Meet the American Lobster
- Common name: American Lobster
- Scientific name: Homarus americanus
- Size: Usually 8-24 inches (but can grow up to 3 feet!)
- Lifespan: 60+ years
The American lobster (Homarus americanus) is found along the coast of North America, ranging from Labrador, Canada to North Carolina. They are the most abundant in the New England area -- as much as 94% of the catch comes from the Gulf of Maine, which is why it’s sometimes called the Maine lobster.
The lobster has a hard exoskeleton, like an insect. Most of the time, lobsters are a natural muddy brown color when they’re alive and they turn bright red when cooked. But sometimes, they’re orange, white, yellow, or even blue! Learn more about lobster colors here.
The American lobster has ten legs -- eight of which are used for walking. The walking legs are covered in bristle like hairs which allow the lobster to taste what its walking on! The other two are claws used for eating and defense. Their claws are asymmetrical. The larger one is called the crusher claw and is used for pulverizing shells of their prey or fighting. The smaller claw is the shredder claw has a finer edge that’s better for tearing. Lobsters can actually be right and left handed, just like humans! A lobster will start life with two of the same sized claws. During development, the claw that the lobster uses more frequently will develop into the dominant larger crusher claw and the less frequently used claw will become the shredder.
Lobsters have two long antennae, used mostly for feeling. Additionally they have shorter antennules (mini antennae), sensitive chemoreceptors which help the lobster find food, choose a mate, and decide whether or not to flee or fight.
Lobsters start off life as tiny planktonic larvae that hatch from eggs carried by their mother and grow through molting (shedding their shell). American lobsters can grow to be quite large and have been recorded at lengths of three feet, weighing 40 pounds! Young lobsters molt frequently. By the time a lobster is between 5-7 years old, it has molted about 25 times. As lobsters get older they molt less frequently and may only molt once every 1-2 years. Watching a lobster molt is pretty incredible. When a lobster molts, the shell splits between the tail and carapace and the lobster must pull its entire body out of the old shell. That means that even the large claws must first squeeze through the narrow knuckle (arm) area before molting is complete! Underneath the hard shell, the lobster has been growing a soft new shell, which it expands by pumping with water so that the lobster has room to grow. The new shell is very soft leaving the lobster extremely vulnerable to predation. Recently molted lobsters are sometimes called jellies and often hide in crevices while their new shell hardens. A lobster will also sometimes eat its old shell to help strengthen the new one.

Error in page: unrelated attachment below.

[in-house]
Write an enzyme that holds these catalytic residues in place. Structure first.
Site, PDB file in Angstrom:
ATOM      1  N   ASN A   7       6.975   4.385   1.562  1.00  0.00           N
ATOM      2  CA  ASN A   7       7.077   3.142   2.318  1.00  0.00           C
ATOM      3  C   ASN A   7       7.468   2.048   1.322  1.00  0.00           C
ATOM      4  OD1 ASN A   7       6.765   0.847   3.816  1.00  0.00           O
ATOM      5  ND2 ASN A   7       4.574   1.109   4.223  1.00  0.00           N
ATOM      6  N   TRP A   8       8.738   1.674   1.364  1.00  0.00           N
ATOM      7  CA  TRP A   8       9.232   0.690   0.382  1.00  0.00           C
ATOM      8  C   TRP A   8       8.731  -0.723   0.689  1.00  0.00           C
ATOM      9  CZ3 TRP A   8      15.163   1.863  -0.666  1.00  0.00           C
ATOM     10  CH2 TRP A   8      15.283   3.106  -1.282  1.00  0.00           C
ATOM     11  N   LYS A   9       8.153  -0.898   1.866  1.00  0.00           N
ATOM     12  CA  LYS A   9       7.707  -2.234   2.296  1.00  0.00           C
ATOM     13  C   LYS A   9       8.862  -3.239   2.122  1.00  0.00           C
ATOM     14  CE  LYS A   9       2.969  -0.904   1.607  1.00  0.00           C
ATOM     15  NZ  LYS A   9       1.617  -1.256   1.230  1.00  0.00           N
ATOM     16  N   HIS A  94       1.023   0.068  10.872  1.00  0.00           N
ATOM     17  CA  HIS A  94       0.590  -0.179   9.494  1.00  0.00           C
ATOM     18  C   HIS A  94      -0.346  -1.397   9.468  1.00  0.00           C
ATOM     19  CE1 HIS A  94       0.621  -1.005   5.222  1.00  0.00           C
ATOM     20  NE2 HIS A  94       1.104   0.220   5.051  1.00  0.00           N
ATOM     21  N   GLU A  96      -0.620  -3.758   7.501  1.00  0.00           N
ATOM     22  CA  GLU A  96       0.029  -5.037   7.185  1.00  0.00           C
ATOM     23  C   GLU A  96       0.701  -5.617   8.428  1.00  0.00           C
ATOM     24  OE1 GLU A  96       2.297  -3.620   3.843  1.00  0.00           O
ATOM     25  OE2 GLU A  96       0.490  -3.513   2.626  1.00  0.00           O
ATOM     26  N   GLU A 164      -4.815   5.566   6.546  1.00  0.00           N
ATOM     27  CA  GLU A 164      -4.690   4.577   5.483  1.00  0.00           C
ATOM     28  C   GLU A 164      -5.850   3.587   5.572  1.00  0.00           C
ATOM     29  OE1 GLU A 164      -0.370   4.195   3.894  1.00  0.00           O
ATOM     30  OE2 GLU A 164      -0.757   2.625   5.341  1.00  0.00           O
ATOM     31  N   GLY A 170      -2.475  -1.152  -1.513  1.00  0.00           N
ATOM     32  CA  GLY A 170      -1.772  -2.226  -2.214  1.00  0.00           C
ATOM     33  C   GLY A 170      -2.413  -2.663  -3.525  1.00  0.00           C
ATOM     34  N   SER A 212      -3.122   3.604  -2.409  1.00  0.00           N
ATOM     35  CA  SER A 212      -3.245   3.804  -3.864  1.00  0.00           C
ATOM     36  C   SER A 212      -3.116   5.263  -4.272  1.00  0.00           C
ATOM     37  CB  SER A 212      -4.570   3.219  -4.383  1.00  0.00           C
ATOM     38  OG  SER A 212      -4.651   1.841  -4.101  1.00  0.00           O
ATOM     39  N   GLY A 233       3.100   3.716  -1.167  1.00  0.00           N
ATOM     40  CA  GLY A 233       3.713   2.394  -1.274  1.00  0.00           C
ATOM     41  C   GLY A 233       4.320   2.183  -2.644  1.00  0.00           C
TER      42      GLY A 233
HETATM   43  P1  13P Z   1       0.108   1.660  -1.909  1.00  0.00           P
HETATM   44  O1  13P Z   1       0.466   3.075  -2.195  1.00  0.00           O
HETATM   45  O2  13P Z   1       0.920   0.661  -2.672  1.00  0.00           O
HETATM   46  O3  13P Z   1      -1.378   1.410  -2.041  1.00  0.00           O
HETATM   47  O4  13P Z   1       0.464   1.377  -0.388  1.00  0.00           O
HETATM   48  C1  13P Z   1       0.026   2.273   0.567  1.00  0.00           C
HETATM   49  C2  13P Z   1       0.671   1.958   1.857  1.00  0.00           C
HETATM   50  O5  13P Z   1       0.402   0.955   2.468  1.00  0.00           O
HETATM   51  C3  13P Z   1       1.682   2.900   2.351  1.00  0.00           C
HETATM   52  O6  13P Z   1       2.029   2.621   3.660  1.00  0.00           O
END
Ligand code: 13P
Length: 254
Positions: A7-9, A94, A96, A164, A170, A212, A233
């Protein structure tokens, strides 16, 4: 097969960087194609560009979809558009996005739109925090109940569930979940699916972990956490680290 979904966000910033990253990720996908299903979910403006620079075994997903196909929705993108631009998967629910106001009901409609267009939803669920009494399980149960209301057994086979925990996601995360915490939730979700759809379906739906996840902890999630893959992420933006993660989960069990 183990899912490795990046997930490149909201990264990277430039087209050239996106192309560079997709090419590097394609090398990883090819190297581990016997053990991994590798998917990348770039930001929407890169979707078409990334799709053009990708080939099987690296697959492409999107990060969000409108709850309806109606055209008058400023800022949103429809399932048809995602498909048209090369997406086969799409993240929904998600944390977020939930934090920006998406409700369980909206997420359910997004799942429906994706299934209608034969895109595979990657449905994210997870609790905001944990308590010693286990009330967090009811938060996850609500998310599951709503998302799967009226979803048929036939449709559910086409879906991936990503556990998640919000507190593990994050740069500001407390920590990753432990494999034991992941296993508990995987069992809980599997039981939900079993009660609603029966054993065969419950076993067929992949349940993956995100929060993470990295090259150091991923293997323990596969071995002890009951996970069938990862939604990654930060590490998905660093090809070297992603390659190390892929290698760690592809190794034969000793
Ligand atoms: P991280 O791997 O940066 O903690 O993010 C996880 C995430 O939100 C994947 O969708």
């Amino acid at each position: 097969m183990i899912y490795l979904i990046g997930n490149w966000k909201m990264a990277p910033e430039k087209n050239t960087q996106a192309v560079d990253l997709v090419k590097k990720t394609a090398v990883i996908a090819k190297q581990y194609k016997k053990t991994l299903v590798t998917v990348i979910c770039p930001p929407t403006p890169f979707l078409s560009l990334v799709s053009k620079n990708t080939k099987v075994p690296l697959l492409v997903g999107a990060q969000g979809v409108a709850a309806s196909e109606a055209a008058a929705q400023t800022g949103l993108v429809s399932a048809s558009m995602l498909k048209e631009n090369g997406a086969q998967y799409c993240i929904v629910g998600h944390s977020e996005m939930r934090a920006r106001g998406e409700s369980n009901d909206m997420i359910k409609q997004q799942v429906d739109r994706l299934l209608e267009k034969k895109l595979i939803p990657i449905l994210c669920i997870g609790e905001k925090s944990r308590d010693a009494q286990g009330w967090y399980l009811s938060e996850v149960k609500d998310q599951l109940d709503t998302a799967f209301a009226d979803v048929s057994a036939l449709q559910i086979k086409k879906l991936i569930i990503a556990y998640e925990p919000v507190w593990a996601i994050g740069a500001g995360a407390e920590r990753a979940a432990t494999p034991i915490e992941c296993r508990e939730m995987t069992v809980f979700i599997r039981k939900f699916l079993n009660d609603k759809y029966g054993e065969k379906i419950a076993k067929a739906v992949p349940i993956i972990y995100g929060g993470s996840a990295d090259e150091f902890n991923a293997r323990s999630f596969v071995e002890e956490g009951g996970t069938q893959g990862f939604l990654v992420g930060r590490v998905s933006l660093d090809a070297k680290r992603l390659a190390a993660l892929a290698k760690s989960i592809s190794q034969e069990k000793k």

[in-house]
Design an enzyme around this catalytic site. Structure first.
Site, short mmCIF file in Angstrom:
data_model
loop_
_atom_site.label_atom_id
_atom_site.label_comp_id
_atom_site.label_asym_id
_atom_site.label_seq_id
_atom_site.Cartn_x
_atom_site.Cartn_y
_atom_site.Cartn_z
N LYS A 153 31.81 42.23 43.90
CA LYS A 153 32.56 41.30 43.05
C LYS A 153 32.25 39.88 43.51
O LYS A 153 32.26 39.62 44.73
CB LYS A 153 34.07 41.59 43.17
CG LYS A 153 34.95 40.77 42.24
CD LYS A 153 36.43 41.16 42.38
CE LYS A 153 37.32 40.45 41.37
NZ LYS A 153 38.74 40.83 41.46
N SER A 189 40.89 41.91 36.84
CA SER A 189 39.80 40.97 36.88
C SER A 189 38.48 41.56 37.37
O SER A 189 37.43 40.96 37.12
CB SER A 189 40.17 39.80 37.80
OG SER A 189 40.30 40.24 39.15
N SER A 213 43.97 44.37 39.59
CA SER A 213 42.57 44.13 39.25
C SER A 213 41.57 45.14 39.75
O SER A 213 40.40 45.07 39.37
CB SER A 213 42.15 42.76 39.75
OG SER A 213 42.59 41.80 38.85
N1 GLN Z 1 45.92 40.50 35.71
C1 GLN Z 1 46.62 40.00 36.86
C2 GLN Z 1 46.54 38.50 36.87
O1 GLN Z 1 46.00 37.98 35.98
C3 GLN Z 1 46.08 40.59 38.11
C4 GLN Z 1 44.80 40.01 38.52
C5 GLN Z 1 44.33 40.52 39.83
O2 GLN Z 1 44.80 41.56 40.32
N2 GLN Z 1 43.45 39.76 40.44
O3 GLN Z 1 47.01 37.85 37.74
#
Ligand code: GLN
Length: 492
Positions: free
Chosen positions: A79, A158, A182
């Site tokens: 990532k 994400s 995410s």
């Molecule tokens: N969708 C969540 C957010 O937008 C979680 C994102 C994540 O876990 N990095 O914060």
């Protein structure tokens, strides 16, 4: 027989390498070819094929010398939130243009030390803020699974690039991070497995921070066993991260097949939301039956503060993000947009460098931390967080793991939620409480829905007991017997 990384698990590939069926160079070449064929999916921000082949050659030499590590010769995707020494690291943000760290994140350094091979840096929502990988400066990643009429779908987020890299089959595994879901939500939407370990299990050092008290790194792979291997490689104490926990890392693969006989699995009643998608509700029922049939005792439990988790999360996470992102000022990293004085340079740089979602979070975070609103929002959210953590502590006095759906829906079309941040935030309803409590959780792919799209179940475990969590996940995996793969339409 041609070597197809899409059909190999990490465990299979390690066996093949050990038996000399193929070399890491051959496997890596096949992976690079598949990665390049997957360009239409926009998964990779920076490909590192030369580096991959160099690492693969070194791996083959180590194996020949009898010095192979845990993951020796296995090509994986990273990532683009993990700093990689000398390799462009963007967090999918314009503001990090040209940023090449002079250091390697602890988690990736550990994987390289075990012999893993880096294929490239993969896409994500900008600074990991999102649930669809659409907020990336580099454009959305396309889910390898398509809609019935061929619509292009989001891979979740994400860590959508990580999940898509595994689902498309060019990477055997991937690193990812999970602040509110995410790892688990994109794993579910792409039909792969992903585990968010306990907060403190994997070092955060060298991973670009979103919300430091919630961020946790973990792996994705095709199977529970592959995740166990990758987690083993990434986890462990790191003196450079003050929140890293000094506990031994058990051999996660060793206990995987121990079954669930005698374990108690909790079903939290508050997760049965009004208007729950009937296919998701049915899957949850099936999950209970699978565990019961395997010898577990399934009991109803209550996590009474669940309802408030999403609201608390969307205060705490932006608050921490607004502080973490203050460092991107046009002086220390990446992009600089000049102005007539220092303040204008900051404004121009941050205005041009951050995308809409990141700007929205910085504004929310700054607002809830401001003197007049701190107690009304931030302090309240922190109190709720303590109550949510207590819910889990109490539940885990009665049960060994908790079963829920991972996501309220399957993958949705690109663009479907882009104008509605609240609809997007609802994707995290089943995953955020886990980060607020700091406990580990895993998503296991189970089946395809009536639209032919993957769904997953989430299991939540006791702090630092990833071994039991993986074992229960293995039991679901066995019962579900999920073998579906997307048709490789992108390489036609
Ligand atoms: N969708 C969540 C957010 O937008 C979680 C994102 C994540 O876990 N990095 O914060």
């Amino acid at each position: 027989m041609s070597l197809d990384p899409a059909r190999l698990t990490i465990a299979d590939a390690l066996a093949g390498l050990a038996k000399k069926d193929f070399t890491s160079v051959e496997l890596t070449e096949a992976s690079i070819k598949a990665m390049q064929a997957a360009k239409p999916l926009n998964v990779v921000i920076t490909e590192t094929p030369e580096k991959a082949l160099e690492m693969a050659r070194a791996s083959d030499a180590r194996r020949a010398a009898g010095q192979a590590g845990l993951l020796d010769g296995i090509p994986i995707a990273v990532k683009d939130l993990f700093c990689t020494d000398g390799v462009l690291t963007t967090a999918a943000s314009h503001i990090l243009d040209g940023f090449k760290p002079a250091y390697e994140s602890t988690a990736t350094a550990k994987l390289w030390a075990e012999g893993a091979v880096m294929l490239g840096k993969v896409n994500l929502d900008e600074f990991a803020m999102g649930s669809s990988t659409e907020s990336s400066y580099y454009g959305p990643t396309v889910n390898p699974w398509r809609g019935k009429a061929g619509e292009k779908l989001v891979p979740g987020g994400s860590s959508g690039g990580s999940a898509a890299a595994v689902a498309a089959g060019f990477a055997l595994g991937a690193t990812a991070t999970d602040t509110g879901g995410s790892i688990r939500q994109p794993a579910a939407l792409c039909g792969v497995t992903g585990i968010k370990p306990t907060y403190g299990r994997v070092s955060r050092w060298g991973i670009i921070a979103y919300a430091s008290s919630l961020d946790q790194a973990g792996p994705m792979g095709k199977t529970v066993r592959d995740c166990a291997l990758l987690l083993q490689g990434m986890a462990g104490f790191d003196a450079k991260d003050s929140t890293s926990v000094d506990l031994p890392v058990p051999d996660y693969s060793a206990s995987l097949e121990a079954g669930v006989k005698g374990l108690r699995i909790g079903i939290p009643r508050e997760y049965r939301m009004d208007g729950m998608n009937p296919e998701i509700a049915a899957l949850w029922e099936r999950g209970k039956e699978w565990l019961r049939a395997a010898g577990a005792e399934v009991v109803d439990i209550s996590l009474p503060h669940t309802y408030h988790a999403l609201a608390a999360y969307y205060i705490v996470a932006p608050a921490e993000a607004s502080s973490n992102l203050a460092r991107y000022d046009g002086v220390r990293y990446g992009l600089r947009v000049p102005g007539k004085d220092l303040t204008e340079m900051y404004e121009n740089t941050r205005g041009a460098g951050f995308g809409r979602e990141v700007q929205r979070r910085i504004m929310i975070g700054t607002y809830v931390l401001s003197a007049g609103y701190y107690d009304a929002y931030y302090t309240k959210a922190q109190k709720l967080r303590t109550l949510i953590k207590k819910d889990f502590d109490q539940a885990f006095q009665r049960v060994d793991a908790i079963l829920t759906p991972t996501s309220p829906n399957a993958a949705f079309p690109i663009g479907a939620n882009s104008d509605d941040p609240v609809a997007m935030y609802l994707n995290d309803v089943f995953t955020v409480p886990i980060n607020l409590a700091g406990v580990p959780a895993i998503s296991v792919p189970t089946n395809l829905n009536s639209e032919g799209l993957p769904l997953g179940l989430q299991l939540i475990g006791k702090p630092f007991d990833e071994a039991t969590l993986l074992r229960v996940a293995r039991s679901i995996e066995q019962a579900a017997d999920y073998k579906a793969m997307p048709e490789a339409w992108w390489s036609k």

Lobsters live on the bottom of the ocean. They prefer rocky reef habitats where there are plenty of crevices and caves for them to hide in. However, they can also be found on sandy or muddy bottoms. Lobsters migrate seasonally. When waters are cold in the winter and early spring, most lobsters move offshore to deeper waters where the temperatures are actually warmer. In late spring and early summer, inshore waters begin to warm and lobsters migrate back to the coastal shallow waters where many molt.